Dealing With Family Peer Pressure After a Diagnosis

How to respond to family members that pressure you

Man and father having conversation
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Being diagnosed with a disease or an illness is not always an easy situation to navigate. Most likely, you will experience a lot of different emotions, including anger, frustration, and even grief. And you may even feel somewhat overwhelmed by the decision-making process. But when you add family peer pressure to the mix, your experience can feel even more intense.

While family members are an important part of any treatment plan, they should empower you to make your own choices.

Sometimes, though, family members feel the need to take control of the situation. As a result, they may pressure you to follow a particular treatment plan or demand that you adjust your lifestyle in a certain way. While many family members are motivated by love and want what they feel is best for you, it is important that they realize that when it comes to your health, it is ultimately your decision. Be sure you make the decisions and choices that are best for you without pressure from the family.

If you do have some overzealous family members who seem to want to control your treatment plan, here are some ways to handle the situation with tact and love.

Recognize That Your Family Members Care and Want to Help

Most of the time, family members pressure you to make decisions or to follow particular treatment plans because they love you and want what they feel is best. But if you do not not feel what they are suggesting is right for you, do not feel pressured to follow their advice.

Instead, acknowledge their suggestions and thank them for their advice, but tell them you are going to go a different route with your treatment. Chances are they think they are helping by offering you suggestions, so try not to get angry or defensive.

Be Firm When Responding

If your family member challenges your decision or wants to argue his point, do not feel obligated to indulge this type of behavior.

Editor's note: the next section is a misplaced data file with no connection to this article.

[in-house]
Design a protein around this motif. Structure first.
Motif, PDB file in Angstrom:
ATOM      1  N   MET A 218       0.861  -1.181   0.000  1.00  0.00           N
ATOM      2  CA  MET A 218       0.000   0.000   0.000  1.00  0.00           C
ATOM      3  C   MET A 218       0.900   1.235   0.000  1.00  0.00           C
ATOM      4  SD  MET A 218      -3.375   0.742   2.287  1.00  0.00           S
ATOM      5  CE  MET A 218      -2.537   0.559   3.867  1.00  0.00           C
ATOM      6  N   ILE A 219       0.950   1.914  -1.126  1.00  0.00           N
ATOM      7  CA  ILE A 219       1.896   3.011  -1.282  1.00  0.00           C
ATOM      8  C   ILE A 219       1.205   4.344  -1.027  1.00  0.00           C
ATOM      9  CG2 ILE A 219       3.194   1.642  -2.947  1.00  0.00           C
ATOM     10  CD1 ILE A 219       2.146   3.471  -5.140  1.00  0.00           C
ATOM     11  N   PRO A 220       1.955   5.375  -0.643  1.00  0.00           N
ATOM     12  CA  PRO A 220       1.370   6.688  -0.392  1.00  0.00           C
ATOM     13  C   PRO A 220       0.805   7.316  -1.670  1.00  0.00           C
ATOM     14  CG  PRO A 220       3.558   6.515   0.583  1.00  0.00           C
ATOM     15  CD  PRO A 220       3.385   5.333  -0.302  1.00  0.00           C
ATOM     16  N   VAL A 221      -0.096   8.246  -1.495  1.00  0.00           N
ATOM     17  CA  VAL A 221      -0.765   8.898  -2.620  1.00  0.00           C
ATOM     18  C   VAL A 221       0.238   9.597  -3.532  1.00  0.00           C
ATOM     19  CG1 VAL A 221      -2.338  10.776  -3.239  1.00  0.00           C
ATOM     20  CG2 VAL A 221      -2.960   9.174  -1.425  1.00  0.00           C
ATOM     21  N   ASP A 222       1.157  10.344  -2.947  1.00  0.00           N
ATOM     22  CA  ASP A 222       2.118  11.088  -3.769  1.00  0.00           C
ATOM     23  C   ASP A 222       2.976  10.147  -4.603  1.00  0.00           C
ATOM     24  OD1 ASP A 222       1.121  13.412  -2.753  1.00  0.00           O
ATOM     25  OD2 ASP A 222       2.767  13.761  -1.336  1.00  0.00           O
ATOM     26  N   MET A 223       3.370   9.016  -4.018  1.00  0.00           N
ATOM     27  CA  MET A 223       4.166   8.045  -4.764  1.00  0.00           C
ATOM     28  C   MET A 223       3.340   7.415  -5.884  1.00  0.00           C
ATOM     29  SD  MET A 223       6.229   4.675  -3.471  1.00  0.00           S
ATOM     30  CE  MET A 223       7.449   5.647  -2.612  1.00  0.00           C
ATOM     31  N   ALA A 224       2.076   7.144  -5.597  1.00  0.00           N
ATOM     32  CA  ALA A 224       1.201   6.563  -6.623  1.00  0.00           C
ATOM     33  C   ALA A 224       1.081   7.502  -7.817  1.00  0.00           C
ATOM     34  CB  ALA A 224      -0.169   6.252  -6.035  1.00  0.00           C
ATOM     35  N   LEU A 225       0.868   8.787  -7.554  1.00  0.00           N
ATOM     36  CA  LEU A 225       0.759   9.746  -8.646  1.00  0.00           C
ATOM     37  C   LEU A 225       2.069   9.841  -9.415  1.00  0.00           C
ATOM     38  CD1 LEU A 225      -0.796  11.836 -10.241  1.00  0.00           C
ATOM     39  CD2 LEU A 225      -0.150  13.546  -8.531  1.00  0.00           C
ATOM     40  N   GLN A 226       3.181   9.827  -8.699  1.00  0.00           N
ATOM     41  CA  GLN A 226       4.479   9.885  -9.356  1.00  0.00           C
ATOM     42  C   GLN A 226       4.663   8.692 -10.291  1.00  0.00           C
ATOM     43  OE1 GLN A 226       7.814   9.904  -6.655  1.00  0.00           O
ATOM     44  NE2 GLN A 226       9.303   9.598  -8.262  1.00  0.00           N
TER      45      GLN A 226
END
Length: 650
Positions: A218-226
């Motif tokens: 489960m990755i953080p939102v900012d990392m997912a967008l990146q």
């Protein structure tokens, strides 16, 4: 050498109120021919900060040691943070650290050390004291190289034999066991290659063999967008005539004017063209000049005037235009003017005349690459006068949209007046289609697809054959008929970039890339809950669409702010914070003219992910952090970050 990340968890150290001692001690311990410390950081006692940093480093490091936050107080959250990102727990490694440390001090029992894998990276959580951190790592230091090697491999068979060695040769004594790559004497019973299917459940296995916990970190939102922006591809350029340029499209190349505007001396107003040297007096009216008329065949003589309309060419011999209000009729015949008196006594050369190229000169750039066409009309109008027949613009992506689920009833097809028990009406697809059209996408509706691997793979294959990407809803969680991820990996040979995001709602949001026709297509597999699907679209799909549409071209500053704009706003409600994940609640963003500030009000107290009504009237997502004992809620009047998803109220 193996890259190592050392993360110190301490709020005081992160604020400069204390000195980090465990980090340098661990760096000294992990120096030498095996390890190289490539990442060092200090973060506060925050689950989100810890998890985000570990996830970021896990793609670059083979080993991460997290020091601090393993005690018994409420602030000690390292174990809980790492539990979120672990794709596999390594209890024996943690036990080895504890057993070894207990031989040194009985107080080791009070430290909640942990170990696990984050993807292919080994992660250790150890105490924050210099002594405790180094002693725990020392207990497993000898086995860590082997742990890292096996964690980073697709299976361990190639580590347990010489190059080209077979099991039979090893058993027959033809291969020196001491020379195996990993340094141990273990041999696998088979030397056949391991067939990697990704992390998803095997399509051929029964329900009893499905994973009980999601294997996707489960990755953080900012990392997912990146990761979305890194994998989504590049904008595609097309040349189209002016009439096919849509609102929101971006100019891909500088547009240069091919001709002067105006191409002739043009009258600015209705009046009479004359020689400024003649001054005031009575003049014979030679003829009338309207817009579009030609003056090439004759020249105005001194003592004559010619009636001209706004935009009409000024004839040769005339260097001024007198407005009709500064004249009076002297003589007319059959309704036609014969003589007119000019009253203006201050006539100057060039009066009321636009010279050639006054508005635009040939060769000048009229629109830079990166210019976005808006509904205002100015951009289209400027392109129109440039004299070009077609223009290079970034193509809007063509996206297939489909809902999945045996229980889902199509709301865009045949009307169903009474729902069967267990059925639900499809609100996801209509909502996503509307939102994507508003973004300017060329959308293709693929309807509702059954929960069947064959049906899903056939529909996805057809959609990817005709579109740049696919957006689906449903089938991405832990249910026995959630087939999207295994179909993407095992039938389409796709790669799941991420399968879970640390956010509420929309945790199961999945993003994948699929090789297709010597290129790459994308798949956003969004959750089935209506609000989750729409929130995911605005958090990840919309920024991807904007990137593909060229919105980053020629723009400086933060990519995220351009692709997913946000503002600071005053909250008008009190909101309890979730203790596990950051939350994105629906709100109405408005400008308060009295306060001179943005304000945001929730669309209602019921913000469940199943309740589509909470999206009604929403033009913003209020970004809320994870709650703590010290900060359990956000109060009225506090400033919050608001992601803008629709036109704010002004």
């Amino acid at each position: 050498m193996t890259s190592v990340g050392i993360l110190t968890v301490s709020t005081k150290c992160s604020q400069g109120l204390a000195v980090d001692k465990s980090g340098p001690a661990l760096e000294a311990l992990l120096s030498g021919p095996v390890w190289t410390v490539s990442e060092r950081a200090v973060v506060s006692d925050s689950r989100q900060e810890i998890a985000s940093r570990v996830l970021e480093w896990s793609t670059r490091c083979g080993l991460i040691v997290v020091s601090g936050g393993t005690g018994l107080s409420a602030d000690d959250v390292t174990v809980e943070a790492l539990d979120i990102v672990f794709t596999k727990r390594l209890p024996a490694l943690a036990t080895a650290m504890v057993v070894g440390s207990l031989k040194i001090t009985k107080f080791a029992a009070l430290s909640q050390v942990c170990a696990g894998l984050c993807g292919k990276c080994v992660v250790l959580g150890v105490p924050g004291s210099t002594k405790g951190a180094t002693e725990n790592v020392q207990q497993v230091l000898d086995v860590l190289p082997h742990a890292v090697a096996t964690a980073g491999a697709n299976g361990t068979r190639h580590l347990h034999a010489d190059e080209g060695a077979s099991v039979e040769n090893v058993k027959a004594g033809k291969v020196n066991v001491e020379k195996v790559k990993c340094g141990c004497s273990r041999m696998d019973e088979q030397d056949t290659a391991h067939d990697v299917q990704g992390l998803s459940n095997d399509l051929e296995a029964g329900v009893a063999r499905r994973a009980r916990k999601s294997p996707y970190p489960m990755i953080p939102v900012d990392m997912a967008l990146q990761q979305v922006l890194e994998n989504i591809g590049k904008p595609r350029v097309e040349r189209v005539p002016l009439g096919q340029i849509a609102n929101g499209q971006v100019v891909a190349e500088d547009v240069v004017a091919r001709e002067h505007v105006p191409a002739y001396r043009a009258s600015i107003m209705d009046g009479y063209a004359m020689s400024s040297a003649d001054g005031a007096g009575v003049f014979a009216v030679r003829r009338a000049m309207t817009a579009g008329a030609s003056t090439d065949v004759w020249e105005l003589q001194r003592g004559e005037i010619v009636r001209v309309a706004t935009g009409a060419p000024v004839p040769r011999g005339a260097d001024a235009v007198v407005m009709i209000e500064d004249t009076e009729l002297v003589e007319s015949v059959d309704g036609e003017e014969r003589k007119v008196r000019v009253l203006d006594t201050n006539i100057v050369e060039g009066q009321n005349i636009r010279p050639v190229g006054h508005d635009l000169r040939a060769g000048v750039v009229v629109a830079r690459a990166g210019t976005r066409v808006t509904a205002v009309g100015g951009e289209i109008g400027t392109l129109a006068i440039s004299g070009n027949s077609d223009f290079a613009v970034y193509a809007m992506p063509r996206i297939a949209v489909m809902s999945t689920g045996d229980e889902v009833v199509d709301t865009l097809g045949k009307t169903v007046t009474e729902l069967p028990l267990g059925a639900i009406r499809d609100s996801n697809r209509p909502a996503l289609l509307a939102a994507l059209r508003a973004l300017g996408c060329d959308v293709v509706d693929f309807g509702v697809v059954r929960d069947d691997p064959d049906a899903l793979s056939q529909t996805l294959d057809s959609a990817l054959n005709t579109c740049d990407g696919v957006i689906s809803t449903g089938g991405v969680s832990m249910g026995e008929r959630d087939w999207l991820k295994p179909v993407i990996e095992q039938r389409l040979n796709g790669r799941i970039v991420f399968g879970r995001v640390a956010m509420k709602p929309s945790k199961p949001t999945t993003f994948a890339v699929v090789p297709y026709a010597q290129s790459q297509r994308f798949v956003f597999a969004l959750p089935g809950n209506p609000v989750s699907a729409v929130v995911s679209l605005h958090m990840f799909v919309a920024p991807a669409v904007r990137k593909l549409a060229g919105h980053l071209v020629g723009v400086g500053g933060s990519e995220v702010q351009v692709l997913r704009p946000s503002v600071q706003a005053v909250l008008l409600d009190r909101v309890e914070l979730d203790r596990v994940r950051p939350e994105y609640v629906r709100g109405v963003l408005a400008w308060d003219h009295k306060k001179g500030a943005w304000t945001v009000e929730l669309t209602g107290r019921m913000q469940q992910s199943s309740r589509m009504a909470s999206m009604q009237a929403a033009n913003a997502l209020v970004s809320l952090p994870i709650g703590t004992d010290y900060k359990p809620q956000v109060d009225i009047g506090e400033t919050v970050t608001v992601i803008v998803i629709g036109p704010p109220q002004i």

Simply state that you are going a different route right now and you appreciate their advice.

Do not try to justify your viewpoint or explain all the research that you have done. This just prolongs the conversation and gives the false impression that the family member should have some say in your healthcare decisions. Ultimately, this is your life you are discussing and you need to make decisions that feel right for you.

Give Yourself Permission to Avoid Those Who Cannot Respect Your Boundaries

Right now, your focus should be on taking care of yourself. And if other family members are not making that possible either by pressuring you to do things differently or by questioning your decisions, then they are making things more challenging than they need to be.

It is absolutely acceptable to put some distance between you and anyone who is not supportive of what you are going through. Instead, surround yourself with people who respect your decisions and will not put added pressure on you to conform.

Focus on Taking Care of Yourself, Not Pleasing Others

People pleasing is unhealthy behavior that has no place in healthcare decision-making. Remember, you cannot please everyone, nor should you try.

Right now your focus should be on becoming a partner with your healthcare team and not worrying about whether or not family members like you or your choices.

If you struggle with people pleasing or you find it hard to say no to pushy family members, then work on developing your assertiveness skills. It is very healthy and empowering to say stand up for yourself and say no to decisions that are not in line with your treatment plan.

Identify Areas Where You Need Help and Ask for It

When you are diagnosed with a serious illness or a disease, it can make family members feel powerless and afraid. For this reason, many want to jump in and take over.

They do lots of research about your condition and offer unsolicited advice. One way to deal with this reaction is to redirect their desire to help you. Let them know what you really need.

For instance, if eating heart-healthy meals is an important part of your plan, then ask them to help you plan a monthly menu or do some meal prep for days that you do not feel like cooking. If you are no longer able to drive, then ask them to be available to take you to your appointments. Make a list of the things that would really help you out. Then when they pressure you to do something that is not part of your plan, say something like: "Thank you for your suggestions. But what I really need help with is getting to and from my chemotherapy appointments. Is that something you could help me with?"

Surround Yourself WIth People Who Empower and Support You

What you are going through is not easy and you need a solid support system. You need people in your life who will not only trust your decisions but also will empower you to advocate for yourself. What's more, a good support system will validate your feelings, show empathy and respect your choices.

Look for people who are not only kind but are also real and authentic. You are more likely to be yourself and let your guard down around people who do not feel the need to pretend. What's more, these friends will treat you as an equal and trust your decisions. They also are not afraid to speak their mind. They tell you when they disagree without pressuring you to change your course of action. 

In the end, you will feel much better about your situation when you can advocate for yourself both among your family members and your healthcare team. And you will become a better healthcare consumer.

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